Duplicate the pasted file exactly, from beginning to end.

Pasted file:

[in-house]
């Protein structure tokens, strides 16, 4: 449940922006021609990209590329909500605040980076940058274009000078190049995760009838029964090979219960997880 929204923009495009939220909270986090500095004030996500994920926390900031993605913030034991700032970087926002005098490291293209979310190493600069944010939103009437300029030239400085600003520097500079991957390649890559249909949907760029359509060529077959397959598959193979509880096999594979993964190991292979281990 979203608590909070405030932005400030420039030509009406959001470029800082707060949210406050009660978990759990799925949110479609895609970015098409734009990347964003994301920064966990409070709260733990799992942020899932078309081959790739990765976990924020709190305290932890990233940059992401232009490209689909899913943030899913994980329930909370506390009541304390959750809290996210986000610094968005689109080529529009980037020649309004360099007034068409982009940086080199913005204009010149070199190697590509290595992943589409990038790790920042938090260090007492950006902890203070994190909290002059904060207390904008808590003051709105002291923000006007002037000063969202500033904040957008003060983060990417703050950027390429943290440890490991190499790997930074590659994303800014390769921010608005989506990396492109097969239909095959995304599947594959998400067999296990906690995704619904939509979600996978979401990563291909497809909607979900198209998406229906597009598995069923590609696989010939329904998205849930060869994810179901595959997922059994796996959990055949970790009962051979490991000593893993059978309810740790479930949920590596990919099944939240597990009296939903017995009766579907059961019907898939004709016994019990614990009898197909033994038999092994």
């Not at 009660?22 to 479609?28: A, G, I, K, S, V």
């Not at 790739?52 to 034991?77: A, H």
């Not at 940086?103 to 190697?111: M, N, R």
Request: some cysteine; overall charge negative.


[in-house]
């Protein structure tokens, strides 16, 4: 449940922006021609990209590329909500605040980076940058274009000078190049995760009838029964090979219960997880 929204923009495009939220909270986090500095004030996500994920926390900031993605913030034991700032970087926002005098490291293209979310190493600069944010939103009437300029030239400085600003520097500079991957390649890559249909949907760029359509060529077959397959598959193979509880096999594979993964190991292979281990 979203608590909070405030932005400030420039030509009406959001470029800082707060949210406050009660978990759990799925949110479609895609970015098409734009990347964003994301920064966990409070709260733990799992942020899932078309081959790739990765976990924020709190305290932890990233940059992401232009490209689909899913943030899913994980329930909370506390009541304390959750809290996210986000610094968005689109080529529009980037020649309004360099007034068409982009940086080199913005204009010149070199190697590509290595992943589409990038790790920042938090260090007492950006902890203070994190909290002059904060207390904008808590003051709105002291923000006007002037000063969202500033904040957008003060983060990417703050950027390429943290440890490991190499790997930074590659994303800014390769921010608005989506990396492109097969239909095959995304599947594959998400067999296990906690995704619904939509979600996978979401990563291909497809909607979900198209998406229906597009598995069923590609696989010939329904998205849930060869994810179901595959997922059994796996959990055949970790009962051979490991000593893993059978309810740790479930949920590596990919099944939240597990009296939903017995009766579907059961019907898939004709016994019990614990009898197909033994038999092994």
């Not at 009660?22 to 479609?28: A, G, I, K, S, V």
């Not at 790739?52 to 034991?77: A, H």
């Not at 940086?103 to 190697?111: M, N, R």
Request: some cysteine; overall charge negative.